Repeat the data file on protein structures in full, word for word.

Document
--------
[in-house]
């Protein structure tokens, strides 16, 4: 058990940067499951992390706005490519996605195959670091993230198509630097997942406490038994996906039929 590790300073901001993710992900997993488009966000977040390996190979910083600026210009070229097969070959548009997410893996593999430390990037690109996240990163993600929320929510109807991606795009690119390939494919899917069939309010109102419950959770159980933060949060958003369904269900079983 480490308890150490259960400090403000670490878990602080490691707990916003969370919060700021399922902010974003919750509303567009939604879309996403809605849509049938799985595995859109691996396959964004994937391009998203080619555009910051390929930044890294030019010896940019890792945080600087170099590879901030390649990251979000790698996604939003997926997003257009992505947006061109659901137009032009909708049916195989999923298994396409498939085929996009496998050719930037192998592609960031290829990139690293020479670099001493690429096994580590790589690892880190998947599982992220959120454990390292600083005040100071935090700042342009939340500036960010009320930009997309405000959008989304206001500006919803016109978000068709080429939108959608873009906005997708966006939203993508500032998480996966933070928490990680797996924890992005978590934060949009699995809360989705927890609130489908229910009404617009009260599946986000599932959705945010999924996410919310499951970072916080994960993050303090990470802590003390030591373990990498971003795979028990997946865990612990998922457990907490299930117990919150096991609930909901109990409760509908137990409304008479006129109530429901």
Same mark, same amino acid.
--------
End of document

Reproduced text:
[in-house]
């Protein structure tokens, strides 16, 4: 058990940067499951992390706005490519996605195959670091993230198509630097997942406490038994996906039929 590790300073901001993710992900997993488009966000977040390996190979910083600026210009070229097969070959548009997410893996593999430390990037690109996240990163993600929320929510109807991606795009690119390939494919899917069939309010109102419950959770159980933060949060958003369904269900079983 480490308890150490259960400090403000670490878990602080490691707990916003969370919060700021399922902010974003919750509303567009939604879309996403809605849509049938799985595995859109691996396959964004994937391009998203080619555009910051390929930044890294030019010896940019890792945080600087170099590879901030390649990251979000790698996604939003997926997003257009992505947006061109659901137009032009909708049916195989999923298994396409498939085929996009496998050719930037192998592609960031290829990139690293020479670099001493690429096994580590790589690892880190998947599982992220959120454990390292600083005040100071935090700042342009939340500036960010009320930009997309405000959008989304206001500006919803016109978000068709080429939108959608873009906005997708966006939203993508500032998480996966933070928490990680797996924890992005978590934060949009699995809360989705927890609130489908229910009404617009009260599946986000599932959705945010999924996410919310499951970072916080994960993050303090990470802590003390030591373990990498971003795979028990997946865990612990998922457990907490299930117990919150096991609930909901109990409760509908137990409304008479006129109530429901």
Same mark, same amino acid.